______. The Servant. New York: Harcourt, Brace and Company, 1949 (my edition, below right)
______. The Servant. London: Prion, 2000 (bottom left)
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"Something is rotten in the state of London."
Robin Maugham's 1948 novel The Servant is best remembered by Harold Pinter's 1963 film adaptation, also titled The Servant, directed by Joseph Losey and starring Dirk Bogarde. The film is quite different in content and approach, mainly because it was produced during a very different era. Maugham's novel is a grim depiction of post-war London; a squalid city where both the privileged and unprivileged must struggle to carve a place for themselves in society. Rules have changed, however, as the world has turned upside down.
As with F. Scott Fitzgerald's The Great Gatsby, the story of Tony and his relationship with his manservant Hugo Barrett is told through the point of view of an observer, an old army buddy of Tony's. It is through Richard's eyes that we witness Tony's steady decline. Unlike The Great Gatsby's Nick Carraway, however, Richard understands Tony's background and is aware of his current dilemma, and tries actively to intervene and change the course of Tony's descent.
The novel opens with newly retired yet still young World War II army officer Richard Merton beginning a new job at a publishing firm. Not particularly a literary man, the job is an attempt at remaining productive and a functioning member of modern society. The war is over and the officer's previous role has become obsolete.
These three male characters are mirrored by three female characters: Tony's initial love interest, Sally Grant, Hugo's sickly niece Vera, and Richard's housekeeper Mrs. Toms. The pairings are made interesting because they defy logic: the serious Richard should be paired with the intelligent Sally, the two servants should be paired out of rank, and the careless Tony should be linked with Vera. Of course appearances deceive and as we learn more about the character relationships we also discover the darker sides of some of these individuals and their ugliest desires.
The Servant is well conceived and well written. It is a short book with a plot so simple that there appears to be no plot at all. The progression of character decline is believable and Richard is a straight character with some subtly revealed flaws. What Maugham is expressing about post-war London is that society has transformed so intensely that the world seems to have turned upside down. Servants act like masters and masters lose control over their desires, becoming themselves enslaved. There is a powerful scene when Tony, defending his overly generous attitude toward his manservant, accuses Richard of hypocrisy when the latter explains that the flaw in military reunions is that the officers are separated from the average soldier. Richard argues that there is equality among men rather than among those of rank, though he refuses to believe that one's manservant can be on equal footing with the homeowner.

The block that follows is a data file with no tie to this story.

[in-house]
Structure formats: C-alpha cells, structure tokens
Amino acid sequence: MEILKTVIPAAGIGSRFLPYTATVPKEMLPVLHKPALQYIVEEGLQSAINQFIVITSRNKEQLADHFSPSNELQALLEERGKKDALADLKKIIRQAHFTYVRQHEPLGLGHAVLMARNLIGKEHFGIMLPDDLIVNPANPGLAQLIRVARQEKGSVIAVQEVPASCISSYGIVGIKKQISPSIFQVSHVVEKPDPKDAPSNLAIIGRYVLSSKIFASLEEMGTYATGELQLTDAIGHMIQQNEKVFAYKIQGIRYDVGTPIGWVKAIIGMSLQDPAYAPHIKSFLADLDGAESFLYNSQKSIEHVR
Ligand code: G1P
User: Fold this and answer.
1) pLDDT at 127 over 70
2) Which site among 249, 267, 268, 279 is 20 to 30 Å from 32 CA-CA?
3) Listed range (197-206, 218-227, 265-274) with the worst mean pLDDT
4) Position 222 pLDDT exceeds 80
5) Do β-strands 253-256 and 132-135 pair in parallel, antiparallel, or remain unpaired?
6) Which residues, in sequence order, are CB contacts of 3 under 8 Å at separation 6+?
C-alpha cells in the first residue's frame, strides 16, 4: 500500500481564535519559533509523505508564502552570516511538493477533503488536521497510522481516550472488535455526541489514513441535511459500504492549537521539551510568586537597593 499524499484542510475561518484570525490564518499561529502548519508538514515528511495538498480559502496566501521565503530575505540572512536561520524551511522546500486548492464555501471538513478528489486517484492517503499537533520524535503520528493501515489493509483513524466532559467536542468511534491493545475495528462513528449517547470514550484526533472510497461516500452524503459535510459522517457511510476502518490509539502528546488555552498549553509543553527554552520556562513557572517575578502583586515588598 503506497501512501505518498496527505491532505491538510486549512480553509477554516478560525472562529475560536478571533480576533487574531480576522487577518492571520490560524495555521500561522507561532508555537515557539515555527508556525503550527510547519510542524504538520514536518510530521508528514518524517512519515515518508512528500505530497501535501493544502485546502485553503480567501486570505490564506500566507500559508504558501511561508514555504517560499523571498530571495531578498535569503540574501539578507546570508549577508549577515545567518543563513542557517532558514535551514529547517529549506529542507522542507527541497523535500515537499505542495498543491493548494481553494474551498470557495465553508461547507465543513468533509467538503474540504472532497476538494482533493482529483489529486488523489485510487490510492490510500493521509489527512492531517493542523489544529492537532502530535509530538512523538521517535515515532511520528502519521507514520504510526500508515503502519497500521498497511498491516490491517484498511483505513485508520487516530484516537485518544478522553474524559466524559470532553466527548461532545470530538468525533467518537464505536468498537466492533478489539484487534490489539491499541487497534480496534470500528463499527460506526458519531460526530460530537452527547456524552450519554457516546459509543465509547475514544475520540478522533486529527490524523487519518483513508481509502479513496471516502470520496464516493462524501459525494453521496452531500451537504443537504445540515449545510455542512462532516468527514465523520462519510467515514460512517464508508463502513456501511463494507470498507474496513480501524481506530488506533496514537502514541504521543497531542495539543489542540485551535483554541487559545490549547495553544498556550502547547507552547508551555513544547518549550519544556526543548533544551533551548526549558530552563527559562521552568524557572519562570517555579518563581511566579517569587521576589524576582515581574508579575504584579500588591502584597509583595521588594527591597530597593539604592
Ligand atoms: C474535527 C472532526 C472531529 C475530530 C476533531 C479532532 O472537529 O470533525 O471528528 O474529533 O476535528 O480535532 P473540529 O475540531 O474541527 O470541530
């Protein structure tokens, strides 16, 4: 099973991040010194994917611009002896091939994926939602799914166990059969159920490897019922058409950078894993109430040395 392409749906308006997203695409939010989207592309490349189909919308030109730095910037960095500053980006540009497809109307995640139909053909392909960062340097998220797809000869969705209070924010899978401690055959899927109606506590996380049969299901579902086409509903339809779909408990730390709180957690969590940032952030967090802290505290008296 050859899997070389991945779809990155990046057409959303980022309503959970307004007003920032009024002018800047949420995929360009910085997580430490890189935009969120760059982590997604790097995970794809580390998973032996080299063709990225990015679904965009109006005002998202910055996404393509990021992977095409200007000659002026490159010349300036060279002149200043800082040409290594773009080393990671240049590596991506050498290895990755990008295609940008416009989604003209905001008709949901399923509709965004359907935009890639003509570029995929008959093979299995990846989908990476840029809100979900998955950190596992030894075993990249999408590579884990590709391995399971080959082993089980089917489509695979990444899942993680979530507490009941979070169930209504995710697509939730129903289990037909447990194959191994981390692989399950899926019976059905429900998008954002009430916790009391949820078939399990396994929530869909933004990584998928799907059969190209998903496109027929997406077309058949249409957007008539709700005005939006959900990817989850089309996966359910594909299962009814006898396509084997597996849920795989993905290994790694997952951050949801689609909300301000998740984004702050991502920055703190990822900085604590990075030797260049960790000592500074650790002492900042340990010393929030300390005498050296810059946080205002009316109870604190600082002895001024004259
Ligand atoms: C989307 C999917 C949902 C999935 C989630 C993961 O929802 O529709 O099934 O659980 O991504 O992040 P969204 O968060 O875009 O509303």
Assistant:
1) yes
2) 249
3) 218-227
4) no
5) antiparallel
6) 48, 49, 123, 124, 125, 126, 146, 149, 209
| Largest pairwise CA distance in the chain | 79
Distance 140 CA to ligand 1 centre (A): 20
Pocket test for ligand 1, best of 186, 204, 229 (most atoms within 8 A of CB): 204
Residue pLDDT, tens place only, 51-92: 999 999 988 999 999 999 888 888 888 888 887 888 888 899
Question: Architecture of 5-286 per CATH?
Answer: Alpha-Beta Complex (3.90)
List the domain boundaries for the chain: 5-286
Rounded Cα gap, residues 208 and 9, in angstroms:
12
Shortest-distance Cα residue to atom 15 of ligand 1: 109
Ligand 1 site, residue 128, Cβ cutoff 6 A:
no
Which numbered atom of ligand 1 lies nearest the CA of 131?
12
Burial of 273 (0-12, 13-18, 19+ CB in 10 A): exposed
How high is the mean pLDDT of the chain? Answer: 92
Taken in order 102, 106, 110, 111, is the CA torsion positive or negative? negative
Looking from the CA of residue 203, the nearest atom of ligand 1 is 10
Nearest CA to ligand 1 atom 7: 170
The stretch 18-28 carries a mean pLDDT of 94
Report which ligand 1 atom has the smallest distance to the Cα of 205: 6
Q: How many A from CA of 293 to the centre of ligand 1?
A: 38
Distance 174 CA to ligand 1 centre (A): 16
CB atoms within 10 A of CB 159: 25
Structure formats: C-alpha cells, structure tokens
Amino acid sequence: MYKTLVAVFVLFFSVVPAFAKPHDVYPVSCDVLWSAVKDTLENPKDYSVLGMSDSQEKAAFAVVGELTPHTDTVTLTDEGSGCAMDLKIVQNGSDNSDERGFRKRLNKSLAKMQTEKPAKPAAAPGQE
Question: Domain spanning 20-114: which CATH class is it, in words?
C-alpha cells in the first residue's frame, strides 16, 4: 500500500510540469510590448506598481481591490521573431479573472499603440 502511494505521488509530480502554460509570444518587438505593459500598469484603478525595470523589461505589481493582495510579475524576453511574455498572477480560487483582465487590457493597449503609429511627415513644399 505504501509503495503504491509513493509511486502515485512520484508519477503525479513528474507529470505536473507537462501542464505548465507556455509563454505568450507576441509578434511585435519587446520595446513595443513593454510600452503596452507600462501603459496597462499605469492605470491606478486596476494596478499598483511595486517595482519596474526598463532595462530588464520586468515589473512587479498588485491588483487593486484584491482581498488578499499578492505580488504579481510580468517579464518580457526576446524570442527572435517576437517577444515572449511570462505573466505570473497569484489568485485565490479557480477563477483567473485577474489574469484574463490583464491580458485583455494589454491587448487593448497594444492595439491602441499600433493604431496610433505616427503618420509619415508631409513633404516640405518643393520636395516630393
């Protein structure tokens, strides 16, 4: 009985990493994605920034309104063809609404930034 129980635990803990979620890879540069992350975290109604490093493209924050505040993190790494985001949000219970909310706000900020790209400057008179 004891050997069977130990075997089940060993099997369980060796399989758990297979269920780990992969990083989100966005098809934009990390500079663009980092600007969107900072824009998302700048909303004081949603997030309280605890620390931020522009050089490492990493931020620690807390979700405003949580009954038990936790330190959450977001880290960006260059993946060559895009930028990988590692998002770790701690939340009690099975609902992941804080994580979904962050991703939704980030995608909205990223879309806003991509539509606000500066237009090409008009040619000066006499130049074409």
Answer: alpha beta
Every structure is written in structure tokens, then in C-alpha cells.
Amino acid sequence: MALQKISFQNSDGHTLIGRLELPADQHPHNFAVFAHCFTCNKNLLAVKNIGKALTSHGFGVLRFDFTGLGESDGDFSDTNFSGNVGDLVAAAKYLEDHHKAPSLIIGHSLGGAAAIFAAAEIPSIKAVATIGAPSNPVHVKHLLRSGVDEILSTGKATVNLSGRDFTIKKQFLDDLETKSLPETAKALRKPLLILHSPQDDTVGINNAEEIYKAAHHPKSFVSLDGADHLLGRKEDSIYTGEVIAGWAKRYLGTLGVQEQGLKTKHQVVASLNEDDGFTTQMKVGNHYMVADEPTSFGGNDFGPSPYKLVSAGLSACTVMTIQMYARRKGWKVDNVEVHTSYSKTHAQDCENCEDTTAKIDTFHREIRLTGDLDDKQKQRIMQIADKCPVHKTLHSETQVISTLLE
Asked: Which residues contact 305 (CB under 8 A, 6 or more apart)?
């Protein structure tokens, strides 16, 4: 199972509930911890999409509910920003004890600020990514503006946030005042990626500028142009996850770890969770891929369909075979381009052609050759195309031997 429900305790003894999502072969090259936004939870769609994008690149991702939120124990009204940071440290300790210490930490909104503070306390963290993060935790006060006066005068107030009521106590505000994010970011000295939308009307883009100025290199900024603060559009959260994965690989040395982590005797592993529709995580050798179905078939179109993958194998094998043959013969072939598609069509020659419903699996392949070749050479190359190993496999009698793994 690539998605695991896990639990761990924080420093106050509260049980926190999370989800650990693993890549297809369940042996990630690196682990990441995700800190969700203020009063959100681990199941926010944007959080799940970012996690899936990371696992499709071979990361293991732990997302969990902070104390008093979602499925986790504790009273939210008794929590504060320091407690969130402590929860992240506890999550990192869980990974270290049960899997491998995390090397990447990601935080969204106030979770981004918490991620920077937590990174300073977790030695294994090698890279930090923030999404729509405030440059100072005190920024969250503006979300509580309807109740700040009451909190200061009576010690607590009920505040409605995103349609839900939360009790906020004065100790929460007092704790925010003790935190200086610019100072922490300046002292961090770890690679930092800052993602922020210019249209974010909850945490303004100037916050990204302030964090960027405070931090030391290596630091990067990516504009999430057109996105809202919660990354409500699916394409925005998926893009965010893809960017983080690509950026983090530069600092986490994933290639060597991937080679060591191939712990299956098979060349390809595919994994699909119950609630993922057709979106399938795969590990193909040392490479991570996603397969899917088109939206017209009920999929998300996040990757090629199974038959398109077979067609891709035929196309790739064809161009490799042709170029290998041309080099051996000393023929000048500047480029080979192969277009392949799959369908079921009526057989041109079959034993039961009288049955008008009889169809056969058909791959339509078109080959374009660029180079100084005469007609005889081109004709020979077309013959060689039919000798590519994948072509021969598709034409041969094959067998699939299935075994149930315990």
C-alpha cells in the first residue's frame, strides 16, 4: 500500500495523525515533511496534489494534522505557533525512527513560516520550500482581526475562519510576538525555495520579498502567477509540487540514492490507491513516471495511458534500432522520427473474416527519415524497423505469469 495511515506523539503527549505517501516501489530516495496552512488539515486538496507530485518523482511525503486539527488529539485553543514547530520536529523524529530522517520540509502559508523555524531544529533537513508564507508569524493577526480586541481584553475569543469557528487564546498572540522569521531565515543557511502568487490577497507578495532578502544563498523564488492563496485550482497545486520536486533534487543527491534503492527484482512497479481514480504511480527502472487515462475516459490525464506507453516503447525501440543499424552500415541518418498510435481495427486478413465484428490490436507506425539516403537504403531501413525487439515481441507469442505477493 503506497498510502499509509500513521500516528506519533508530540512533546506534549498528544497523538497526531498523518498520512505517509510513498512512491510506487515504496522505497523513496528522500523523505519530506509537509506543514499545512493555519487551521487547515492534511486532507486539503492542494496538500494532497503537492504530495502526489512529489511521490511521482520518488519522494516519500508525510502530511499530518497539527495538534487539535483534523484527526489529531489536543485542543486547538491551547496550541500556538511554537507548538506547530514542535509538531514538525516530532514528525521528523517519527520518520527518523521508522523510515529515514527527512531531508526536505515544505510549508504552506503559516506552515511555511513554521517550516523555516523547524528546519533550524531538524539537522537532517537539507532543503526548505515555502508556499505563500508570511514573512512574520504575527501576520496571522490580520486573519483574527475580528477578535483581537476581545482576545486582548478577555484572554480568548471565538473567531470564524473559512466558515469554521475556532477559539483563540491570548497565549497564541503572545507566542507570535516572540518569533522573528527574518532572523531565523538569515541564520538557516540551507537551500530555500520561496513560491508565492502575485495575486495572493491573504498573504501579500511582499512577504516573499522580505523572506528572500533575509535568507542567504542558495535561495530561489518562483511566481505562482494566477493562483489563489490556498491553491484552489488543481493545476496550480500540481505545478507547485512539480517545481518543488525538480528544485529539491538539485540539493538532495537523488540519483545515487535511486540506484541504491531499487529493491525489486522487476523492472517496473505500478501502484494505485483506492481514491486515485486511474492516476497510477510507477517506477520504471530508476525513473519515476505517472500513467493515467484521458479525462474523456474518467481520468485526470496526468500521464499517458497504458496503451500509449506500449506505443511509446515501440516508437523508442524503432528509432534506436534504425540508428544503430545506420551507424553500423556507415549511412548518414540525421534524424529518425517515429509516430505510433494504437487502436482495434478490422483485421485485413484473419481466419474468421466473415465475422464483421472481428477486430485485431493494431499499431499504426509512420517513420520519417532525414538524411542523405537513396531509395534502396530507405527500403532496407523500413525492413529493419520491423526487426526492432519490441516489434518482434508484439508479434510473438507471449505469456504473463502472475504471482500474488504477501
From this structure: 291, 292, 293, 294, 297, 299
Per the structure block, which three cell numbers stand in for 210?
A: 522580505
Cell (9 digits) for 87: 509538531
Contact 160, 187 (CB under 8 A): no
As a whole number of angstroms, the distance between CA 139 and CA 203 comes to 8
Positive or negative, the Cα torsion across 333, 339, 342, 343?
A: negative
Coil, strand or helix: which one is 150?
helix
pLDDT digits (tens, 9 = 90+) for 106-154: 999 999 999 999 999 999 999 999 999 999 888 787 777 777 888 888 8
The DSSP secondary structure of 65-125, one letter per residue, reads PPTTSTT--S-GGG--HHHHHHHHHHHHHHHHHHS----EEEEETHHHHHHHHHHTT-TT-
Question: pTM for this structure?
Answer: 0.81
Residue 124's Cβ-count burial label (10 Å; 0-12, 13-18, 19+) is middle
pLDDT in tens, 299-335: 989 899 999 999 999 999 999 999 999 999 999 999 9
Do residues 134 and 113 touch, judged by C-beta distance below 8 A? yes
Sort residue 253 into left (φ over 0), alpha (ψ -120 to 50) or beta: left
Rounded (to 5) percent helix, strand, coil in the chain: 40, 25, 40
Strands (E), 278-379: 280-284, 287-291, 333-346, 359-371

Aside from these truly minor points, Maugham's novel is quite strong and unfortunately barely known; most people who have watched the movie adaptation are likely unaware that it was based on a novel. Both versions are strong and as they are both different, products of very different decades, the one can be watched and the other read without damaging the experience of the other.
A note on my copy (Harcourt, Brace and Company, 1949). I found this book in a box outside a library just last week. The volunteers collecting donations for the upcoming book fair often leave unwanted or unusable books in front of the side entrance for passersby to take. This was one of many excellent finds I have made over the last few years. It is the first American edition, a handsome hardcover with its original dust jacket nicely bound in hard plastic. The spine has a tear and the pages are brown (though not too brown for a 1949 edition) but otherwise it's in great condition. The cover is a great depiction of the novel, with its drawing of a man seated with a drink being looked over by an attentive young woman and, a little further back, a manservant with a tray, his head bowed and eyes closed. The woman can be either Sally or Vera, though I suspect it is Sally competing with Hugo for Tony's attention. The cover is dark, mostly black and grey but touched up with some browns and reds. The inside flap states: "Jacket design by G. N. Fish" but does not specify jacket art, though that might be what it's implying.